Zama’z Magic Paintbrush for the Good of the People

In our first afternoon workshop with the kids at the WWO orphanage, Jamie’s story about Zama and the magic paintbrush is perfect for these kids. It is long but they stay with it the entire time. Me I am sitting amongst the kids, wedged in at the back of a table on the part of the bench with a broken slat. At the moments when Jamie does something silly – a silly voice or face, or as he is sitting on a cracked plastic chair, when the chair slips and threatens to send him crashing down – the kids turn around and look towards me, to share in the laughter or smile, maybe also to make sure it’s okay, or to share their astonishment. This sharing of looks with the adult is the look of the clown. It is special that these looks go both ways with this group. We are both clown and teacher to these kids…

But during the rest of the story they stay captivated, watching Jamie and Lemlem. A moment of total focus as a group. The focus is just as special if not more so, than the laughs during our warmup and games. When we go to leave and they start cleaning up for dinner, we get a taste of the usual chaos of a house of 39 orphans ages 3-14. I realize what a respite it must have been to listen quietly all together, caregivers included, to an oral story. No TV, no music, no bickering, or distractions. Just listening and being transported.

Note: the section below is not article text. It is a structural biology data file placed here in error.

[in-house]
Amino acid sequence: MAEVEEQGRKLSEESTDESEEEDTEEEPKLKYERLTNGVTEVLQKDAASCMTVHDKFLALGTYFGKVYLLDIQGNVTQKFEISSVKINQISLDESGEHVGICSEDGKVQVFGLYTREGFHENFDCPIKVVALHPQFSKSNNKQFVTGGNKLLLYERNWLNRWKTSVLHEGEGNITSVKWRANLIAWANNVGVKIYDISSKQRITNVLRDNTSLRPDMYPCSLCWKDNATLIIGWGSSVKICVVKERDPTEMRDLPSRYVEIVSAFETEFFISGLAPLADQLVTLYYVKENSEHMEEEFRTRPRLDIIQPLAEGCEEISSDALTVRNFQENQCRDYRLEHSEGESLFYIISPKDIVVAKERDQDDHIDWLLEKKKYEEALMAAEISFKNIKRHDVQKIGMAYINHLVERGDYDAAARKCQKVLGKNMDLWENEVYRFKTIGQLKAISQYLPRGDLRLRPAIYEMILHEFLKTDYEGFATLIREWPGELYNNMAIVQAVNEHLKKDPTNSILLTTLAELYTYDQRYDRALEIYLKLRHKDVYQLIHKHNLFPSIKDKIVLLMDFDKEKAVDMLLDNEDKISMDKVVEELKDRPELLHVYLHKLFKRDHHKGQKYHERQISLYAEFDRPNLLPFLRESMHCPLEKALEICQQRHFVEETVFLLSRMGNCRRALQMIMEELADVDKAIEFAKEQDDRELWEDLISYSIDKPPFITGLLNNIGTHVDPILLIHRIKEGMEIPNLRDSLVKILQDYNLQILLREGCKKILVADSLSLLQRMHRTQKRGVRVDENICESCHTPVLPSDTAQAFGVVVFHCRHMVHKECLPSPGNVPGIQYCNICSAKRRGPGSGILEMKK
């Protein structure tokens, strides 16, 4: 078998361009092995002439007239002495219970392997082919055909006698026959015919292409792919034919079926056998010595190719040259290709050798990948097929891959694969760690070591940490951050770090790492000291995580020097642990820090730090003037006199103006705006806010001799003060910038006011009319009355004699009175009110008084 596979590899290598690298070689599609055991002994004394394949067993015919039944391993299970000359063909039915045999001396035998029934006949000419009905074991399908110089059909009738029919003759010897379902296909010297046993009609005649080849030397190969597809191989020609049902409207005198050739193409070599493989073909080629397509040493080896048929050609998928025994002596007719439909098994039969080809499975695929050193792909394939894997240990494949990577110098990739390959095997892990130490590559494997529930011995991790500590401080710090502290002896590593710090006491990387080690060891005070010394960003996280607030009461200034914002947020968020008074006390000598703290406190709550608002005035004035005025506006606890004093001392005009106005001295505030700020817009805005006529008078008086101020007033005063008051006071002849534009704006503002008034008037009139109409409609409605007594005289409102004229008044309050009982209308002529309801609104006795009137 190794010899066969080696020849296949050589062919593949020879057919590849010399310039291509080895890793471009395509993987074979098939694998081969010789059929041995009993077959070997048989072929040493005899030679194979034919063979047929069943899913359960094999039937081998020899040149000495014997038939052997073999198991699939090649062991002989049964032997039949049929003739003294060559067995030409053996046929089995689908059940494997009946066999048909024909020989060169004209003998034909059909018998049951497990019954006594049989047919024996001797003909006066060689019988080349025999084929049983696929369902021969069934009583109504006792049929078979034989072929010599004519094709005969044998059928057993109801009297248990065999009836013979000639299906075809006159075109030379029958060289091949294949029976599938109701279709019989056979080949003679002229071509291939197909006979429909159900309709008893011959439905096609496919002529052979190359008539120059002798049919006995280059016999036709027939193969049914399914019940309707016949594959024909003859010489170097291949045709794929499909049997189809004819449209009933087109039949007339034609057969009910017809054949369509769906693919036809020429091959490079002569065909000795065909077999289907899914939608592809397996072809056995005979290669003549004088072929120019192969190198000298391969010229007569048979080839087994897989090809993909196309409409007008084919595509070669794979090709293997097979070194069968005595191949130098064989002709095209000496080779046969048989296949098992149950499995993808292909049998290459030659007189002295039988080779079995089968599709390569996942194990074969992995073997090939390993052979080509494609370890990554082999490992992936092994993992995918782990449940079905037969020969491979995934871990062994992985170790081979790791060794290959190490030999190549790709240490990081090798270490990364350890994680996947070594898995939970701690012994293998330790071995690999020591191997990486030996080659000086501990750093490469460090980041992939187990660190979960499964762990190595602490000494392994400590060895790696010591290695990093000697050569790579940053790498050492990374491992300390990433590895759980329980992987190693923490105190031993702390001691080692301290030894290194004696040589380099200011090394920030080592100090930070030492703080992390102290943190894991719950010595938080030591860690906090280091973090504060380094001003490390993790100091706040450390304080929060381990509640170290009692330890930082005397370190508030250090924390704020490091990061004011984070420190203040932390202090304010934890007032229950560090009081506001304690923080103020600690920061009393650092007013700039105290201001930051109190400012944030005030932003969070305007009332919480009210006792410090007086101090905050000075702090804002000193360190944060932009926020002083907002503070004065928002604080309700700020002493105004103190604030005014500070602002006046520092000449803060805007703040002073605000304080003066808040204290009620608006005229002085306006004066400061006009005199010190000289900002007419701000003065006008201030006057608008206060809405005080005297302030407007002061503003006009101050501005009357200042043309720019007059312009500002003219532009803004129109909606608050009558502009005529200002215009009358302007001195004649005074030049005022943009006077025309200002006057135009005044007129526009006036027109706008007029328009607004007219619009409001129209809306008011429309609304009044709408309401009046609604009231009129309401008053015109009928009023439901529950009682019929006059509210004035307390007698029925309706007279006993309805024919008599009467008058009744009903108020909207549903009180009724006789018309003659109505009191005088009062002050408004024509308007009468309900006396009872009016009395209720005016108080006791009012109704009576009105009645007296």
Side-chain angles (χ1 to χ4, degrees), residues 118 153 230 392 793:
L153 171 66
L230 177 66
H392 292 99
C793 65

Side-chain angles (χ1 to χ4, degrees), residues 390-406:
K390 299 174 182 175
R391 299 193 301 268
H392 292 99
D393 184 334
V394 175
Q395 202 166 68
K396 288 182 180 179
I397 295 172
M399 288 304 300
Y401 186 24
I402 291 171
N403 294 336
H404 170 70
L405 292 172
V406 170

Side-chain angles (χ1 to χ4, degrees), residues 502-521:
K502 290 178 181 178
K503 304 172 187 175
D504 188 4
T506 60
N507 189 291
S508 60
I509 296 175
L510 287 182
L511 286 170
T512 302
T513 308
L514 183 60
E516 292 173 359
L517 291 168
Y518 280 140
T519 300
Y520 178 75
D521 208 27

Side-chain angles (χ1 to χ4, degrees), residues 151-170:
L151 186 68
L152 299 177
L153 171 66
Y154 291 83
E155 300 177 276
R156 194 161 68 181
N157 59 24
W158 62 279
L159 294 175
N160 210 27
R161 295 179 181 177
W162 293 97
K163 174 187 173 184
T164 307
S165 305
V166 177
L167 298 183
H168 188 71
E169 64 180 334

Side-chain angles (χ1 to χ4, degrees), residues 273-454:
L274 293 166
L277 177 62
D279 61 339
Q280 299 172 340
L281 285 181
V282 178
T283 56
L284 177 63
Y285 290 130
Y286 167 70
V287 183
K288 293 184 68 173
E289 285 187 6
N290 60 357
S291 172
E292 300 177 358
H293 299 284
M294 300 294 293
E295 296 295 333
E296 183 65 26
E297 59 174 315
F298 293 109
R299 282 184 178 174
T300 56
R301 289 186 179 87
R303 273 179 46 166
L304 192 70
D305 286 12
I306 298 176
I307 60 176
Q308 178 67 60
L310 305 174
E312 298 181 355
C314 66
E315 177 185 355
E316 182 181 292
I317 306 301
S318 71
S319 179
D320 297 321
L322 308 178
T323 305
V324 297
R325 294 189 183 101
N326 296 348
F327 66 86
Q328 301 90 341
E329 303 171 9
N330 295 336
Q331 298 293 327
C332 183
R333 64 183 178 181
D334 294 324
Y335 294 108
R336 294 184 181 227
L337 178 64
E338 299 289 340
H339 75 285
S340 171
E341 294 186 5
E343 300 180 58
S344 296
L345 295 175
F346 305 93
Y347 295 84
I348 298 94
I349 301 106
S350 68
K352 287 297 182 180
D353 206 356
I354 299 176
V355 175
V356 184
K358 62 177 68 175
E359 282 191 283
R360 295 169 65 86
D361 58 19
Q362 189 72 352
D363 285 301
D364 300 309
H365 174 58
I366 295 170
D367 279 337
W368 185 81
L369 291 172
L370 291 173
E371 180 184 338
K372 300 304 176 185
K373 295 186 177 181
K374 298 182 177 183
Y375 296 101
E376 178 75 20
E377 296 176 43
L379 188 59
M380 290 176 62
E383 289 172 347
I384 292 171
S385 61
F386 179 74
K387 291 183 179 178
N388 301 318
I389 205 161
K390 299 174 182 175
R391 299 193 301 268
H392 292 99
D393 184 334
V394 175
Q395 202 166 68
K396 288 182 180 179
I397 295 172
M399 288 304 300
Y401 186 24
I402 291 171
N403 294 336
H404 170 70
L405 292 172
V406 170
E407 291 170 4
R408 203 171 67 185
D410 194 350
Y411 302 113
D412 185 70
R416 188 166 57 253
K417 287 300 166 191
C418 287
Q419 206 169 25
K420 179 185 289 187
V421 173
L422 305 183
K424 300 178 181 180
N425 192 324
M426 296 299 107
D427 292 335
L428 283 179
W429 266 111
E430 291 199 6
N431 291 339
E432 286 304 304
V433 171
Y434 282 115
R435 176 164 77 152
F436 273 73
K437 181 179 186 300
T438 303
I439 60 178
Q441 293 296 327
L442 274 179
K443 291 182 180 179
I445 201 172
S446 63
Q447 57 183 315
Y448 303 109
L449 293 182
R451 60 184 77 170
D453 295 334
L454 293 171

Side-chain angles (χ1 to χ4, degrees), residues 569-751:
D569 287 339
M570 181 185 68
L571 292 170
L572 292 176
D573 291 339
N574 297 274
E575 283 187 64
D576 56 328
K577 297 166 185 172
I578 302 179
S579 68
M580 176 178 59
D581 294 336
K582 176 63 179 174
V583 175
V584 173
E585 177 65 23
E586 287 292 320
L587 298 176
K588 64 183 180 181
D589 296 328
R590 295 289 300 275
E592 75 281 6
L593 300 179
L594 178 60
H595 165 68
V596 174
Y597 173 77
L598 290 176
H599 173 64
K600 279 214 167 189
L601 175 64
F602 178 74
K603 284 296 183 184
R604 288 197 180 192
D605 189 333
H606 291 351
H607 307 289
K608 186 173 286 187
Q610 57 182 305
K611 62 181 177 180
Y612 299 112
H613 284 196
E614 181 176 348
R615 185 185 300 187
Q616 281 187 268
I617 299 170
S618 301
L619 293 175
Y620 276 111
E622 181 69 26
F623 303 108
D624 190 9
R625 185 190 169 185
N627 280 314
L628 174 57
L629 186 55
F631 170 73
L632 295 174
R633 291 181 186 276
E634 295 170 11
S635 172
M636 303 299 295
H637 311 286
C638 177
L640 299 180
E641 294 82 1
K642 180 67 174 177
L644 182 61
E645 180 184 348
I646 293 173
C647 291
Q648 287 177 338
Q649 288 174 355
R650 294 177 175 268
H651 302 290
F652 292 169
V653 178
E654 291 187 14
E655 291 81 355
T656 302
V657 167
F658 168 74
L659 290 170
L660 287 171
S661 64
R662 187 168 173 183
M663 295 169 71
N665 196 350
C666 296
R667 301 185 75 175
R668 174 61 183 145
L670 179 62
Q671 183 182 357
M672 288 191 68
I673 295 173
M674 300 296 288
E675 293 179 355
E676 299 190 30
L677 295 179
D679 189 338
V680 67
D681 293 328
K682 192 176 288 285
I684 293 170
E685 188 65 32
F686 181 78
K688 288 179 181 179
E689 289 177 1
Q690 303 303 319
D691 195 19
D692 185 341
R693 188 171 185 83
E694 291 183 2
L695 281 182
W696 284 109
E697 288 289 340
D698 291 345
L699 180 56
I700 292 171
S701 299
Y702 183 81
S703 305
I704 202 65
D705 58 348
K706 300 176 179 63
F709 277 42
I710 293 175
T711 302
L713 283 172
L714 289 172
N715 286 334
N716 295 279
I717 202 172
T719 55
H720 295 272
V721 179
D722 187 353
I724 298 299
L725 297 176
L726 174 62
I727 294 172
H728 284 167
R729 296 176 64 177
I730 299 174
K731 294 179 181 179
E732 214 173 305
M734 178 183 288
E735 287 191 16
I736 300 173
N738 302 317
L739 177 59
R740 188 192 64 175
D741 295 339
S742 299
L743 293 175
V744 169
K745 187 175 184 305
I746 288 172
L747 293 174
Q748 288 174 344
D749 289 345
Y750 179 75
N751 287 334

“These kids are so lucky,” we heard this said quite a few times. Tonight Jamie says “So lucky and yet so unlucky,” yes they are fed better than many (maybe most?) kids in Addis. They have great medical care, are clean, and have good school situations. But all of them are orphans and all are HIV +. These kids are adorable and a few of them especially smart and gutsy leaders. The handful of kids who sneak or bicker to be next to me in the cicle or who whine about getting the right color crayon (I hear “Bourtoukan blah blah blah bourtoukan” – orange, the only color I know in Amharic) remind me of the everyday tifs of the kids I teach at the American School in Paris. Kids are kids anywhere.

But when the caregivers come around with some of the kids’ medecines during one of the our circle activities, the normalcy of it brings home hard the everyday reality of being a young orphan growing up HIV +.

On Thursday during our second workshop with them, we turn their life dreams (that they had drawn pictures of after listening to Zama’s story on tuesday) into group theatrical tableaux. The child whose dream it is, is the star of the tableau.

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